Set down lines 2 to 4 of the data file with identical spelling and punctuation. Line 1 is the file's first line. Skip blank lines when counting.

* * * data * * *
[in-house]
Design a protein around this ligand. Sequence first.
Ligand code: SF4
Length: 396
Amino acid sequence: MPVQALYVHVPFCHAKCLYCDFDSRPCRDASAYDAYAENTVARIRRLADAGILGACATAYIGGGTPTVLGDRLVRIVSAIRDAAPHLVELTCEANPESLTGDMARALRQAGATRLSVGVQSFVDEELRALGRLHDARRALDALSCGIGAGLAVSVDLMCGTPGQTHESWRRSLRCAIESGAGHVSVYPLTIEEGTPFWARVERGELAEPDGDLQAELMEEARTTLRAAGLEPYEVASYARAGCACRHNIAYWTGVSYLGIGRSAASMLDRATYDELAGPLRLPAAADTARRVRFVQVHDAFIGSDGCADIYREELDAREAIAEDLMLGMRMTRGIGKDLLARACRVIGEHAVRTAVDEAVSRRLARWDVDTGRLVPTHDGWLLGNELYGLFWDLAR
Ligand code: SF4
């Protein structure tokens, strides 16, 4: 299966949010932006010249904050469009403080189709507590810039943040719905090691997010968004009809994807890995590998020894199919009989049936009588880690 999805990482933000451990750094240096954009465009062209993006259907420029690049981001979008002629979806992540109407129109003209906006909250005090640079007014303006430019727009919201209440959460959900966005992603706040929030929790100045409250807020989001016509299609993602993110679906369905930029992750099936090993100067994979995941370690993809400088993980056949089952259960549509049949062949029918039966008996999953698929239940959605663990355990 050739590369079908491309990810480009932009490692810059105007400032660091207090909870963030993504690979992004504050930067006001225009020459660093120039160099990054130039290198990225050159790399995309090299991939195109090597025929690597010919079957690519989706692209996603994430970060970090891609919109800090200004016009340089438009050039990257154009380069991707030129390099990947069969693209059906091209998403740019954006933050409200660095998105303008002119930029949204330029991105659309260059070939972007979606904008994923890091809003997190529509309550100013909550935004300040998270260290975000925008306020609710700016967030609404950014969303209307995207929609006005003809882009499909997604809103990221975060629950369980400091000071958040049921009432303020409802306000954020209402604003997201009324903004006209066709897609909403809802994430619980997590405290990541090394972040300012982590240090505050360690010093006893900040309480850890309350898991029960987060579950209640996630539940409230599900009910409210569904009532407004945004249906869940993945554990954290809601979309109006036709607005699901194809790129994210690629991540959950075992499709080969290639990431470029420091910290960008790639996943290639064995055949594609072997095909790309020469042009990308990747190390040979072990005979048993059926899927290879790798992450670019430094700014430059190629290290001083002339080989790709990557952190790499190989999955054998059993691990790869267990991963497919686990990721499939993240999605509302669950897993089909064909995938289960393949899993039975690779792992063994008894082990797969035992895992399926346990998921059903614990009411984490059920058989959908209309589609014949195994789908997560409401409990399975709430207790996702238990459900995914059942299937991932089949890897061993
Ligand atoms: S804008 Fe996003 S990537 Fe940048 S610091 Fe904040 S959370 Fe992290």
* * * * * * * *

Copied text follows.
Design a protein around this ligand. Sequence first.
Ligand code: SF4
Length: 396